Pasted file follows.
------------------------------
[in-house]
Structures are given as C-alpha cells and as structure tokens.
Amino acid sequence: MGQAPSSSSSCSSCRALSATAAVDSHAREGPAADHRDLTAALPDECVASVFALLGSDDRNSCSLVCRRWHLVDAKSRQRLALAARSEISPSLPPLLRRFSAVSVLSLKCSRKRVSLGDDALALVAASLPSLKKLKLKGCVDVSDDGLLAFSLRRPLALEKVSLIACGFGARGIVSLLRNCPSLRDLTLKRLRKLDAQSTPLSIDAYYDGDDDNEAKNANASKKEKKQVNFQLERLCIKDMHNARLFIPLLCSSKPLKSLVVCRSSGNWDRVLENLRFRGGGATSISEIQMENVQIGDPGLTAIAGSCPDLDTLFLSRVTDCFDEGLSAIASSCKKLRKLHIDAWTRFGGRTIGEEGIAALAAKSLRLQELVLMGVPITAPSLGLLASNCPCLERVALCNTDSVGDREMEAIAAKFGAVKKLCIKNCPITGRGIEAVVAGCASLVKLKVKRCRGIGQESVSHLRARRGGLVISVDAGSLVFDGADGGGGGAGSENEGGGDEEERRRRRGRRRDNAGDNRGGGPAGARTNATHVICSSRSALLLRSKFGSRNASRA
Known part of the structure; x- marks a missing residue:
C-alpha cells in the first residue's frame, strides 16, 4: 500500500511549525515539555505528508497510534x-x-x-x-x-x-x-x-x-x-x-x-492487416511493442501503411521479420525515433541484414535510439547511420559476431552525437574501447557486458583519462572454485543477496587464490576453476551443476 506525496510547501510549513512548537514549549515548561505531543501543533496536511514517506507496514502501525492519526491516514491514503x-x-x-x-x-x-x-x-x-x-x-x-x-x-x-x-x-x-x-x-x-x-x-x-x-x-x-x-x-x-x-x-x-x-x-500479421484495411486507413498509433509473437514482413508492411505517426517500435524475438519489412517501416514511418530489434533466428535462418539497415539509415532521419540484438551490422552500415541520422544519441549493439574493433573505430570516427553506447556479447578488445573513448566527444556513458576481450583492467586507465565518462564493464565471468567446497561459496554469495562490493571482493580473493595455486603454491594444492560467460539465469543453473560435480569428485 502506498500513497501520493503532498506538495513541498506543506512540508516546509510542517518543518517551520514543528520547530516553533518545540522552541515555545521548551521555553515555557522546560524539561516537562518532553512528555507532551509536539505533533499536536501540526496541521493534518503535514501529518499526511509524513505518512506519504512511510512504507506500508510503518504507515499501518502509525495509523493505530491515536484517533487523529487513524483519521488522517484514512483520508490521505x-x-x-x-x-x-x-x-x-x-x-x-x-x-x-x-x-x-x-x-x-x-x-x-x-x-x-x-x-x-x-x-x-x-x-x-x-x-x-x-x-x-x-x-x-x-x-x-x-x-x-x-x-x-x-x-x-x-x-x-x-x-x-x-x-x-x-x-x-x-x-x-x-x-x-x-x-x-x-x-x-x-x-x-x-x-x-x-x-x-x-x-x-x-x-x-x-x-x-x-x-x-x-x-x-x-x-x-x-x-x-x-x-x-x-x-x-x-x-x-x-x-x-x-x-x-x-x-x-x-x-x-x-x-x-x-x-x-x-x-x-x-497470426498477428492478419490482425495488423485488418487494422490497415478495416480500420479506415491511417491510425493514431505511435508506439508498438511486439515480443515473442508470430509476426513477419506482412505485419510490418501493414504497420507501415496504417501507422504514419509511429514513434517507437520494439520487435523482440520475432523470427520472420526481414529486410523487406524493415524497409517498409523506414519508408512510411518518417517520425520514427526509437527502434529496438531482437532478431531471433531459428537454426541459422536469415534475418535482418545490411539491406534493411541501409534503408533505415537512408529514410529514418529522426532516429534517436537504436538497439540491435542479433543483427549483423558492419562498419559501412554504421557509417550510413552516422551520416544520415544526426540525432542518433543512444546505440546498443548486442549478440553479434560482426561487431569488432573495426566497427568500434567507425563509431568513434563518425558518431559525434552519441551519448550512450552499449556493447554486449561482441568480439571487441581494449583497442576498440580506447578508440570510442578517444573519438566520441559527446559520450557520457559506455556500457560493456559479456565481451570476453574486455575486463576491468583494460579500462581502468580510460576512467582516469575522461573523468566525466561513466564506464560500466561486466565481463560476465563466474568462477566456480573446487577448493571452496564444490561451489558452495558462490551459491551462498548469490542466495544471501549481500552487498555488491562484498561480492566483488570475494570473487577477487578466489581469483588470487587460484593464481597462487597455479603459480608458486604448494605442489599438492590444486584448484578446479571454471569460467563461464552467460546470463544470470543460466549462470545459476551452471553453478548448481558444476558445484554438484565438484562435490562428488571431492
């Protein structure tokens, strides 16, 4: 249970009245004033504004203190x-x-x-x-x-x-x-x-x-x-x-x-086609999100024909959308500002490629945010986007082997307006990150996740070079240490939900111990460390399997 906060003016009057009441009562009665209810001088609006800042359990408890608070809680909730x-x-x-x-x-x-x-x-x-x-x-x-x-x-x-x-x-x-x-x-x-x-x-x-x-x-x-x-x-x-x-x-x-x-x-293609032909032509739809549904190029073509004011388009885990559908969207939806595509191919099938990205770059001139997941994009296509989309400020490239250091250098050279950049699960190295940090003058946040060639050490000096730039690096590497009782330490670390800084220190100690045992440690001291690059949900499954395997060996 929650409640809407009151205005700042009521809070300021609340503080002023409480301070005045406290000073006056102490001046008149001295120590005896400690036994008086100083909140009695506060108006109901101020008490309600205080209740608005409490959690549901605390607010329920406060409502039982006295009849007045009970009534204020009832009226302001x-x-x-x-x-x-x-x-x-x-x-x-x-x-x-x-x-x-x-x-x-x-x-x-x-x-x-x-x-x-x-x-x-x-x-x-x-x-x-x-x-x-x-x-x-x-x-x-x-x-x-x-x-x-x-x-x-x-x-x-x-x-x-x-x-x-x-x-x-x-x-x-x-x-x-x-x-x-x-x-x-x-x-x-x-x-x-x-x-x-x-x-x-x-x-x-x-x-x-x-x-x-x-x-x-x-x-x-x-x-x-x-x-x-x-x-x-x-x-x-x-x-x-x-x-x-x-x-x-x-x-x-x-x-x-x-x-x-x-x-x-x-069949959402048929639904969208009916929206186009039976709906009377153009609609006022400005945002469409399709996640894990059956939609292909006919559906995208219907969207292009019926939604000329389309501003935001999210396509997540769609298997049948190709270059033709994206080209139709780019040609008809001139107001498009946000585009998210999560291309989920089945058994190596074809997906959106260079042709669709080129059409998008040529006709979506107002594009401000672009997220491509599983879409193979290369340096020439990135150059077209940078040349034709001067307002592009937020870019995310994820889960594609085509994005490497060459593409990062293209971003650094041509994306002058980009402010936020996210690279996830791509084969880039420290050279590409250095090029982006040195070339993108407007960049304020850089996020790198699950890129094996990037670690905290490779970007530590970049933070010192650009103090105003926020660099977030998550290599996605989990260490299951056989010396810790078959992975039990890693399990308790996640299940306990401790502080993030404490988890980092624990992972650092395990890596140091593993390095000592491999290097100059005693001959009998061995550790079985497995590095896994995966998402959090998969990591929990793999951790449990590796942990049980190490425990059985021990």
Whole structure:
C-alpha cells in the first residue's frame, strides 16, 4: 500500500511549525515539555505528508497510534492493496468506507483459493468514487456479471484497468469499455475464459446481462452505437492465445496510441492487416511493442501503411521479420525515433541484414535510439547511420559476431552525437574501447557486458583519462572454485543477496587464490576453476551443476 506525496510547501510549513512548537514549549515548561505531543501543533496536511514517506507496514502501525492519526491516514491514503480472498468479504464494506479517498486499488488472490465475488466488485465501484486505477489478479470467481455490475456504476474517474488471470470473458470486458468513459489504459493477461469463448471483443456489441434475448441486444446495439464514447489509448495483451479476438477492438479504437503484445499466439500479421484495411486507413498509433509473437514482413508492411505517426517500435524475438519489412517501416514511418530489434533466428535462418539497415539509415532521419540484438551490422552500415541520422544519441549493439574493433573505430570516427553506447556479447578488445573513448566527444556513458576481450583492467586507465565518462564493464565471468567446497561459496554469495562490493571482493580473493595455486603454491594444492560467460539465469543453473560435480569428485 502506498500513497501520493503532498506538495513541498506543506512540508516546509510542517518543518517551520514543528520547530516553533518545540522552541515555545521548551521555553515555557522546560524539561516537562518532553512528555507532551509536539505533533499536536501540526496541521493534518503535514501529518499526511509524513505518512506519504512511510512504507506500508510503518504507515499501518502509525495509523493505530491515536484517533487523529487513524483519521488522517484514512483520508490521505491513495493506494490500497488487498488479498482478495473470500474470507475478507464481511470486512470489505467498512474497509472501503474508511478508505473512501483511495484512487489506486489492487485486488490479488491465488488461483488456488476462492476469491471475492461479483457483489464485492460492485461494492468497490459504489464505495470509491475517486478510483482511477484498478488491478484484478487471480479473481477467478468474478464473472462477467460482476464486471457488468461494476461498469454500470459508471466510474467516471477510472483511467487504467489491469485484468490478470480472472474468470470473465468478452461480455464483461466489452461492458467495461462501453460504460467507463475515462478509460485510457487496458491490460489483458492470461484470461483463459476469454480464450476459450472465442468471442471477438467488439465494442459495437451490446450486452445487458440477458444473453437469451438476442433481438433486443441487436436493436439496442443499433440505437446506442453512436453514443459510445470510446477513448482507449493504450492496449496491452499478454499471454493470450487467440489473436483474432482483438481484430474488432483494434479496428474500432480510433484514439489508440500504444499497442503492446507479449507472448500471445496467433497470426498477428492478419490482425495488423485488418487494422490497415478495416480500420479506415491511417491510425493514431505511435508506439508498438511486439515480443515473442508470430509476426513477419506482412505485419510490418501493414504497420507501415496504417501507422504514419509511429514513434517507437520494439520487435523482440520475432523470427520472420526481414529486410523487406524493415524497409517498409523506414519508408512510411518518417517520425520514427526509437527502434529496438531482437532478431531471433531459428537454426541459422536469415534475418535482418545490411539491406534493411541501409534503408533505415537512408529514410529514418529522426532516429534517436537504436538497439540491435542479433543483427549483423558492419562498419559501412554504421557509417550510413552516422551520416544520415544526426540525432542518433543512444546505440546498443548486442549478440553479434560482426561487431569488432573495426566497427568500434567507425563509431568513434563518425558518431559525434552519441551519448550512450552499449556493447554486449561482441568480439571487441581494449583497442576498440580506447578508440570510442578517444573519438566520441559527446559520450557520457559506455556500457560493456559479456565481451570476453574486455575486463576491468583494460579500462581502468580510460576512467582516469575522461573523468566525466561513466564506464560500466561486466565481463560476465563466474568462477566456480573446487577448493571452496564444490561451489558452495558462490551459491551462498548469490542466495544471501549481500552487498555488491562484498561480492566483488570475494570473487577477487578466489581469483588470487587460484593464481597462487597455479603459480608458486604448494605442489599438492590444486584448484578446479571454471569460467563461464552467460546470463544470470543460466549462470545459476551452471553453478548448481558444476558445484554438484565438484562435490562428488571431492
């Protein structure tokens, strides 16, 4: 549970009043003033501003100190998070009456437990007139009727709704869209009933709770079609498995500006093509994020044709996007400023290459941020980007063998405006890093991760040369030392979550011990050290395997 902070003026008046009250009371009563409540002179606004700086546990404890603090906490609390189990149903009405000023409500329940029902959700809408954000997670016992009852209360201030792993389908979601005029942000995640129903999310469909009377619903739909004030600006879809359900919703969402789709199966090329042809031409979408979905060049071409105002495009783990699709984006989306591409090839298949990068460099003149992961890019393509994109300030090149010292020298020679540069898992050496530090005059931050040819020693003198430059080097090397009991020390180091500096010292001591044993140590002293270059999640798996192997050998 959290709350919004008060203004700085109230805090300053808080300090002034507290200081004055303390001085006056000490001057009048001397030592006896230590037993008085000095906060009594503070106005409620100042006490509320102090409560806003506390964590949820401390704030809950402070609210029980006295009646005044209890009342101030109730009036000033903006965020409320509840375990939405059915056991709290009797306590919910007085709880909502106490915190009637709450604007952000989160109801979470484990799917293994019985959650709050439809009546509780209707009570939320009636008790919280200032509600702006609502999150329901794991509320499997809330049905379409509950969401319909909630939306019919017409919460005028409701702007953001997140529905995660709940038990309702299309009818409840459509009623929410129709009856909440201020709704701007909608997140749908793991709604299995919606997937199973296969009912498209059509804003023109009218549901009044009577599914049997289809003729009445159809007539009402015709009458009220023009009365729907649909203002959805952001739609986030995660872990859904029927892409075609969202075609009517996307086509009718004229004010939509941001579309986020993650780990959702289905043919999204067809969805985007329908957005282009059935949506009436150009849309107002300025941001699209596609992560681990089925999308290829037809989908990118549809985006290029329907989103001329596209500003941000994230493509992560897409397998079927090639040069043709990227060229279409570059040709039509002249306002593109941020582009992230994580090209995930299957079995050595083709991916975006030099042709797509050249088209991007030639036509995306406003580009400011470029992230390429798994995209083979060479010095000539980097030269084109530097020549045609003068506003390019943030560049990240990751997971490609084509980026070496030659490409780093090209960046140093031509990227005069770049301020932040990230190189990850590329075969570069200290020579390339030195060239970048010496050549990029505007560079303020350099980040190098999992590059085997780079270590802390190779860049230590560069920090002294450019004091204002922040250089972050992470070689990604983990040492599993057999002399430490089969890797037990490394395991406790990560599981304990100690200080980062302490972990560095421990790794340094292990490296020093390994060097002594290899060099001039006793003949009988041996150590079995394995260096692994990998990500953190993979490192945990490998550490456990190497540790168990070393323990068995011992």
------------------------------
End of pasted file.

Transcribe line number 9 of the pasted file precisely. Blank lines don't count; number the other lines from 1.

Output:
């Protein structure tokens, strides 16, 4: 549970009043003033501003100190998070009456437990007139009727709704869209009933709770079609498995500006093509994020044709996007400023290459941020980007063998405006890093991760040369030392979550011990050290395997 902070003026008046009250009371009563409540002179606004700086546990404890603090906490609390189990149903009405000023409500329940029902959700809408954000997670016992009852209360201030792993389908979601005029942000995640129903999310469909009377619903739909004030600006879809359900919703969402789709199966090329042809031409979408979905060049071409105002495009783990699709984006989306591409090839298949990068460099003149992961890019393509994109300030090149010292020298020679540069898992050496530090005059931050040819020693003198430059080097090397009991020390180091500096010292001591044993140590002293270059999640798996192997050998 959290709350919004008060203004700085109230805090300053808080300090002034507290200081004055303390001085006056000490001057009048001397030592006896230590037993008085000095906060009594503070106005409620100042006490509320102090409560806003506390964590949820401390704030809950402070609210029980006295009646005044209890009342101030109730009036000033903006965020409320509840375990939405059915056991709290009797306590919910007085709880909502106490915190009637709450604007952000989160109801979470484990799917293994019985959650709050439809009546509780209707009570939320009636008790919280200032509600702006609502999150329901794991509320499997809330049905379409509950969401319909909630939306019919017409919460005028409701702007953001997140529905995660709940038990309702299309009818409840459509009623929410129709009856909440201020709704701007909608997140749908793991709604299995919606997937199973296969009912498209059509804003023109009218549901009044009577599914049997289809003729009445159809007539009402015709009458009220023009009365729907649909203002959805952001739609986030995660872990859904029927892409075609969202075609009517996307086509009718004229004010939509941001579309986020993650780990959702289905043919999204067809969805985007329908957005282009059935949506009436150009849309107002300025941001699209596609992560681990089925999308290829037809989908990118549809985006290029329907989103001329596209500003941000994230493509992560897409397998079927090639040069043709990227060229279409570059040709039509002249306002593109941020582009992230994580090209995930299957079995050595083709991916975006030099042709797509050249088209991007030639036509995306406003580009400011470029992230390429798994995209083979060479010095000539980097030269084109530097020549045609003068506003390019943030560049990240990751997971490609084509980026070496030659490409780093090209960046140093031509990227005069770049301020932040990230190189990850590329075969570069200290020579390339030195060239970048010496050549990029505007560079303020350099980040190098999992590059085997780079270590802390190779860049230590560069920090002294450019004091204002922040250089972050992470070689990604983990040492599993057999002399430490089969890797037990490394395991406790990560599981304990100690200080980062302490972990560095421990790794340094292990490296020093390994060097002594290899060099001039006793003949009988041996150590079995394995260096692994990998990500953190993979490192945990490998550490456990190497540790168990070393323990068995011992």